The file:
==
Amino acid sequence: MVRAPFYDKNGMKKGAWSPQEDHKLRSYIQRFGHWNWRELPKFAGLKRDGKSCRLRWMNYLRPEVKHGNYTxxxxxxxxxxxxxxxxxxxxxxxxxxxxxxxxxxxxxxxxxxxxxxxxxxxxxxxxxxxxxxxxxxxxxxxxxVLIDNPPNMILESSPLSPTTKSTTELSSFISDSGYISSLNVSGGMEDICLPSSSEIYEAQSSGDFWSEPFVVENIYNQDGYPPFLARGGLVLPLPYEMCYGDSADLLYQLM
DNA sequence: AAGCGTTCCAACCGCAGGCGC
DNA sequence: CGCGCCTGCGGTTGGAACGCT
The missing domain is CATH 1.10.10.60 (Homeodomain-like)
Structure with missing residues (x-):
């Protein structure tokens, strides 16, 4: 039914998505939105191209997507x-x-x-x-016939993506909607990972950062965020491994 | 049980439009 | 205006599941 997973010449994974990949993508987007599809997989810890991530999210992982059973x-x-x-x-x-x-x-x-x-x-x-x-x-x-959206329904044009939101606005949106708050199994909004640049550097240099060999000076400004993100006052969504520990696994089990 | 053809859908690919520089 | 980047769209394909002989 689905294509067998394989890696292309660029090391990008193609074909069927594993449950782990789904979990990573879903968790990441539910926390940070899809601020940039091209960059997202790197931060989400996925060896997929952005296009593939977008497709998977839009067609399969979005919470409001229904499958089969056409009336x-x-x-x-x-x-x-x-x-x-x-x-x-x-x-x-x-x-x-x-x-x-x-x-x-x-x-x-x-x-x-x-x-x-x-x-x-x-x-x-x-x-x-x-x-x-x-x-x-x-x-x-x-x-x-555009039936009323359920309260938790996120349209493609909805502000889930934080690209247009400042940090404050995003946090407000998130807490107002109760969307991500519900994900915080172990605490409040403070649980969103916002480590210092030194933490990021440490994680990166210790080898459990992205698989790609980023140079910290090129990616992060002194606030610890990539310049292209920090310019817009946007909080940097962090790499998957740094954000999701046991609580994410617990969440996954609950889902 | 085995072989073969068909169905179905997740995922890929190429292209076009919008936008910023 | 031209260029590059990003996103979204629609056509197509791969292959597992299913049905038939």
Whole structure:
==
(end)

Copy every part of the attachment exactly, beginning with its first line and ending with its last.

Amino acid sequence: MVRAPFYDKNGMKKGAWSPQEDHKLRSYIQRFGHWNWRELPKFAGLKRDGKSCRLRWMNYLRPEVKHGNYTxxxxxxxxxxxxxxxxxxxxxxxxxxxxxxxxxxxxxxxxxxxxxxxxxxxxxxxxxxxxxxxxxxxxxxxxxVLIDNPPNMILESSPLSPTTKSTTELSSFISDSGYISSLNVSGGMEDICLPSSSEIYEAQSSGDFWSEPFVVENIYNQDGYPPFLARGGLVLPLPYEMCYGDSADLLYQLM
DNA sequence: AAGCGTTCCAACCGCAGGCGC
DNA sequence: CGCGCCTGCGGTTGGAACGCT
The missing domain is CATH 1.10.10.60 (Homeodomain-like)
Structure with missing residues (x-):
């Protein structure tokens, strides 16, 4: 039914998505939105191209997507x-x-x-x-016939993506909607990972950062965020491994 | 049980439009 | 205006599941 997973010449994974990949993508987007599809997989810890991530999210992982059973x-x-x-x-x-x-x-x-x-x-x-x-x-x-959206329904044009939101606005949106708050199994909004640049550097240099060999000076400004993100006052969504520990696994089990 | 053809859908690919520089 | 980047769209394909002989 689905294509067998394989890696292309660029090391990008193609074909069927594993449950782990789904979990990573879903968790990441539910926390940070899809601020940039091209960059997202790197931060989400996925060896997929952005296009593939977008497709998977839009067609399969979005919470409001229904499958089969056409009336x-x-x-x-x-x-x-x-x-x-x-x-x-x-x-x-x-x-x-x-x-x-x-x-x-x-x-x-x-x-x-x-x-x-x-x-x-x-x-x-x-x-x-x-x-x-x-x-x-x-x-x-x-x-x-555009039936009323359920309260938790996120349209493609909805502000889930934080690209247009400042940090404050995003946090407000998130807490107002109760969307991500519900994900915080172990605490409040403070649980969103916002480590210092030194933490990021440490994680990166210790080898459990992205698989790609980023140079910290090129990616992060002194606030610890990539310049292209920090310019817009946007909080940097962090790499998957740094954000999701046991609580994410617990969440996954609950889902 | 085995072989073969068909169905179905997740995922890929190429292209076009919008936008910023 | 031209260029590059990003996103979204629609056509197509791969292959597992299913049905038939």
Whole structure: